Riding the waves of hype emanating from the first face-to-face Blizzcon in four years, World of Warcraft players returned to the game in droves this week for the release of patch 10.2, “Guardians of the Dream.” The rush of new content brings with it a new zone, the highly anticipated Emerald Dream, as well as a new threat, as the great angry fire dragon Fyrakk wants to burn down the new world tree, Amildrassil, to do so. .. something. . It does not matter.

I’m not really at the cutting edge of modernity Wow But what this means for players, logistically, is that there’s a new raid – the 10-25 player dungeon that serves as the main player versus environment challenge for this patch – coming out next week . This also means that the most degenerate players are looking for every advantage they can to clear the new raid as quickly as possible. This time, that means gardening.

Let me explain, as stupidly as possible. With the new patch comes a new faction, with which players can earn “renown” by performing certain activities. Some of these activities are normal. There’s a new campaign, or at least the first three chapters of one. There are side quests, treasure chests, and new rare monsters that all grant Renown. The problem is that players, or at least the more hardcore and high-end players, want a Dreambound Augment Rune.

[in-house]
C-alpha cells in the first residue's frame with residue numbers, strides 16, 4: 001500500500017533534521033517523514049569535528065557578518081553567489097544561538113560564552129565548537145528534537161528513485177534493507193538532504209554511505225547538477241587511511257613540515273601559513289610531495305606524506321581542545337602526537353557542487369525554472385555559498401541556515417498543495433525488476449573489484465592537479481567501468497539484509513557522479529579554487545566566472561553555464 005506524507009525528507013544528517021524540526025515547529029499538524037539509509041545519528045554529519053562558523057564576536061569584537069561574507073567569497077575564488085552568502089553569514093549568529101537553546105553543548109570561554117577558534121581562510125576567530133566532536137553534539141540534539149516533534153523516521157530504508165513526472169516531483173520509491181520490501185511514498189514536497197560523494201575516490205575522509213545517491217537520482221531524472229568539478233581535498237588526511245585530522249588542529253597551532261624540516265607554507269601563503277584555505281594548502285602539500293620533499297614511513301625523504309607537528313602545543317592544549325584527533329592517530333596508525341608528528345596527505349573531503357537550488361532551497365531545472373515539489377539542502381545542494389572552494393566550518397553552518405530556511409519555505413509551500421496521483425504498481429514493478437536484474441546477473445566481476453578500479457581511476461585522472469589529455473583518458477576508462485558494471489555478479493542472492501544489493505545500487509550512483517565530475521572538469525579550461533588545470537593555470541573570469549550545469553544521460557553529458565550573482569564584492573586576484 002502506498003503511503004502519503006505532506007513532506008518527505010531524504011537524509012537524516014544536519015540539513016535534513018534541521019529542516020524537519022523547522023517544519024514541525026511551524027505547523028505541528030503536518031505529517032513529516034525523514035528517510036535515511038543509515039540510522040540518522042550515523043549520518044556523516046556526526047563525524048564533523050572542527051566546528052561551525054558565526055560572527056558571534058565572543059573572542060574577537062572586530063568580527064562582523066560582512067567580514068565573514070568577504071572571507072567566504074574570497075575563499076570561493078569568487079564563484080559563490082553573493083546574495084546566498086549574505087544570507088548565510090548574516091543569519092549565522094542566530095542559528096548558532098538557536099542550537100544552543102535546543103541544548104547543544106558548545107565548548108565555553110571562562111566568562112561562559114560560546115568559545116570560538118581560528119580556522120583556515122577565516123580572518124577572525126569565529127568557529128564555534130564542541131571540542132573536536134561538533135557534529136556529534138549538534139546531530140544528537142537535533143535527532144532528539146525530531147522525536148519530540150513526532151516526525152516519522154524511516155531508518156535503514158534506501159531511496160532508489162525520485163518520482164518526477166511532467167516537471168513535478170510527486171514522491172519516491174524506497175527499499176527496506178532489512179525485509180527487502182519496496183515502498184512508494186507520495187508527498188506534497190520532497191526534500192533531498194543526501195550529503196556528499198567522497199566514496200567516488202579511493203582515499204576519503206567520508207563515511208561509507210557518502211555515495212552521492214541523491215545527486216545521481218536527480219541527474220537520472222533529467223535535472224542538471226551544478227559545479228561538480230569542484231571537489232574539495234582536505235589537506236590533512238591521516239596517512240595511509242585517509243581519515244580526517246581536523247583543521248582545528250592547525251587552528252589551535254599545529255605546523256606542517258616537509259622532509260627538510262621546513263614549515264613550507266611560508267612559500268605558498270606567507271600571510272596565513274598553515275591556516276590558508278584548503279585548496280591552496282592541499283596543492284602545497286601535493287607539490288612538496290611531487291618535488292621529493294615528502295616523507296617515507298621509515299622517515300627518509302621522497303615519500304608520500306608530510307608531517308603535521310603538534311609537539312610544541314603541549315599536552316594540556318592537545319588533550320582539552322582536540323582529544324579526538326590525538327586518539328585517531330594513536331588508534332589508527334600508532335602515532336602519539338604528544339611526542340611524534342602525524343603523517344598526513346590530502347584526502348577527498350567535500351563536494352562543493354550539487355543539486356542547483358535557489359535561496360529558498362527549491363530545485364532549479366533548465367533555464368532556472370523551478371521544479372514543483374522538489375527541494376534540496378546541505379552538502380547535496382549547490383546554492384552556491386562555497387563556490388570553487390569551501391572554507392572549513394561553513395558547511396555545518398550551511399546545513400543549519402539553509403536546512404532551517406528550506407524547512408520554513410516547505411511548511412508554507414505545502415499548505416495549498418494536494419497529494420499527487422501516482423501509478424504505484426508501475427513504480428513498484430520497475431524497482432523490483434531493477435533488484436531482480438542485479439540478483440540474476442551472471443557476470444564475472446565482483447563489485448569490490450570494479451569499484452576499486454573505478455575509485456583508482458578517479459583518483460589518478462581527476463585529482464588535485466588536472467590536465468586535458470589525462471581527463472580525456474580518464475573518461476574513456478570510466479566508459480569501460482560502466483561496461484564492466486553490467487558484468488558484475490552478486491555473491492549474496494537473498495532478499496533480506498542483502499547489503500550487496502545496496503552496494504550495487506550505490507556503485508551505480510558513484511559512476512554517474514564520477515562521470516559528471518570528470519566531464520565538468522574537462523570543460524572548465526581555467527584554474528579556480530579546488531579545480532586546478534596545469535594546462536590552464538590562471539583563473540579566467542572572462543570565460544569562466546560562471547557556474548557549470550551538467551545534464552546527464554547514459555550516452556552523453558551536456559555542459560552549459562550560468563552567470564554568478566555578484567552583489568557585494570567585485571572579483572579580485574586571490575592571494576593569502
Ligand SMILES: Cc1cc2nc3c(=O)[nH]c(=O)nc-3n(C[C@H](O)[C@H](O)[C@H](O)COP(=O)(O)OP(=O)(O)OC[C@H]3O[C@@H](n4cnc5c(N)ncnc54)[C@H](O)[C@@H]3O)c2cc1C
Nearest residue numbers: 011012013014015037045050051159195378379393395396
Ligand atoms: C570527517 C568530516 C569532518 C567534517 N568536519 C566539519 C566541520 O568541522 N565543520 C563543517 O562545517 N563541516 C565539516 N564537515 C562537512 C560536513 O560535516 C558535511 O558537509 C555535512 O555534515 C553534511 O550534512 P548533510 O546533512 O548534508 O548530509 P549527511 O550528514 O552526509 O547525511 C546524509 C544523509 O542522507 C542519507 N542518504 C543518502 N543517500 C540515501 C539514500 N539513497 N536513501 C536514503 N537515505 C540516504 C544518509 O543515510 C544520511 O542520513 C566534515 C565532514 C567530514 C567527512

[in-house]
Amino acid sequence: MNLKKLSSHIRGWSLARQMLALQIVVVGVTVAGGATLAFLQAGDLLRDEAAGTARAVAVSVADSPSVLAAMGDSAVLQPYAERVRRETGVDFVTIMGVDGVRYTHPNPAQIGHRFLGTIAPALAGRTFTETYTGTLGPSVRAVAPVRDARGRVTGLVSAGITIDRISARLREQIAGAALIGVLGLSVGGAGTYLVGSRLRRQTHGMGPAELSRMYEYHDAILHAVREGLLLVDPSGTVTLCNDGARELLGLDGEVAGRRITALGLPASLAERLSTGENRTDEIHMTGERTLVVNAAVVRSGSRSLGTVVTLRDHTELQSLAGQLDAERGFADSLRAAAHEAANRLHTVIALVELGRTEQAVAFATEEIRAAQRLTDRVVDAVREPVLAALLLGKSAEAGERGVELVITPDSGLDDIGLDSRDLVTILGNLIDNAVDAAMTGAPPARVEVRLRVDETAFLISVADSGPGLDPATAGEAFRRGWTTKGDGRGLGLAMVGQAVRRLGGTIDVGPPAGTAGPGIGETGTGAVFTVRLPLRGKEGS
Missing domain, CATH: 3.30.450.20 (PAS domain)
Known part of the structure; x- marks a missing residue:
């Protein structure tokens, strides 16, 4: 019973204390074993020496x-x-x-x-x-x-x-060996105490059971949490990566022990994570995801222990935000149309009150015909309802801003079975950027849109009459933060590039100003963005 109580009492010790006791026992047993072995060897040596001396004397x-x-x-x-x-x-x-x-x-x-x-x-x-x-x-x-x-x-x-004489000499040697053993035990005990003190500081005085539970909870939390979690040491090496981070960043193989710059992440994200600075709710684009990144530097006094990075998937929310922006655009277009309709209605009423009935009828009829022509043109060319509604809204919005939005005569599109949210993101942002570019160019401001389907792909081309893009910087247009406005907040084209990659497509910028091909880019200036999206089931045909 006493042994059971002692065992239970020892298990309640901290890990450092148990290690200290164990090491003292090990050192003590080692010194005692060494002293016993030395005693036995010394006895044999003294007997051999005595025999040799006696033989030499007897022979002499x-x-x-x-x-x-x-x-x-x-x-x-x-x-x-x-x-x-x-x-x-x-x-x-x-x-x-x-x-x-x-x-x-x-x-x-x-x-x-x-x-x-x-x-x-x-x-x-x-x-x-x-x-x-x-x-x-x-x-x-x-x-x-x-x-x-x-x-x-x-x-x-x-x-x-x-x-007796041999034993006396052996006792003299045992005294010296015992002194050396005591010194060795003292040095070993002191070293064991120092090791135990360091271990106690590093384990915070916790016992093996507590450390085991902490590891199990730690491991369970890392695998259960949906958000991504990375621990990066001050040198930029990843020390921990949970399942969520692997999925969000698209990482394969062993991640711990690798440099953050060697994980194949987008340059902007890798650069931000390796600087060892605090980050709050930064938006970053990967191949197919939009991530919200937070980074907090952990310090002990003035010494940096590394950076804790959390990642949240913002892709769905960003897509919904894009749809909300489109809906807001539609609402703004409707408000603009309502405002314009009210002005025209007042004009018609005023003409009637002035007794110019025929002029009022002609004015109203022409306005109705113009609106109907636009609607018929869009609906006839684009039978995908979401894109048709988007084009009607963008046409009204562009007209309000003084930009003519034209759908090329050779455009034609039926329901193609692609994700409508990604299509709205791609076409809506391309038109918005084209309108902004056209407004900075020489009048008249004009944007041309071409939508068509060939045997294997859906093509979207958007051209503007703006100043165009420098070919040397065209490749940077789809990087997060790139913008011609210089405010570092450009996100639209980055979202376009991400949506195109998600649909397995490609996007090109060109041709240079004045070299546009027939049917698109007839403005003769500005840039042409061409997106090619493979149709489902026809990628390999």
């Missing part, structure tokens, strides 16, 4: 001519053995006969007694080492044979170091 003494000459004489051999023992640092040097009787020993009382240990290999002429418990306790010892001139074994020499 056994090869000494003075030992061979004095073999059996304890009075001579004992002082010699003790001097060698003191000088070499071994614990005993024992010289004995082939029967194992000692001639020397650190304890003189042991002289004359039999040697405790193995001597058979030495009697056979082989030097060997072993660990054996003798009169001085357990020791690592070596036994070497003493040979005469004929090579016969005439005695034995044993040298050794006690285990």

This item, which unlocks for all your characters once one of them reaches Renown Level 18, gives players a very small improvement in their stats: 86 in their main stat (strength, agility or intelligence), which, on my best equipped character, translates to an improvement of around 0.8%. In other words, it’s minor, but that hasn’t stopped players from trying to find the quickest way to reach Renown Level 18 before the raid releases on November 14. So the solution is to engage with the new Dreamseeds. mechanic.

As players defeat monsters in the new area, they receive seeds that they can plant in patches of land around the area. Anyone can contribute to the growth of a seed, with the goal being to achieve 100% growth after three minutes. Achieving this gives everyone a chest that, among other things like cosmetic upgrades, awards 20 fame points, at least in its first iteration. Leveling up requires 2,500 fame points, and most players will have to go through four to five full levels to get the desired rune in time. Let’s do the math: While you can plant multiple seeds at once while flying the Emerald Dream, it would take about 15 hours of simple gardening, taking into account some additional sources of fame coming next week, to get to 18 before setting foot there. the new raid.

Fifteen hours of mind-numbing work seem imminent Wow players’ alleys, and so, as soon as the patch was released, these players got to work. This caused some problems for Blizzard. Developers have long tried to curb players’ more perverse behavior, a process that has made the game infinitely more user-friendly. This made items easier to acquire, especially equipment, but a side effect was that Blizzard often launched nukes like this to deter players from doing so. It’s a good business philosophy, on paper: not letting players burn out doing mindless tasks like this nonsense, and making sure no item is exclusive to those who have too much of free time, the hope is that the players will stay. engaged and subscribed to Wow for a long time.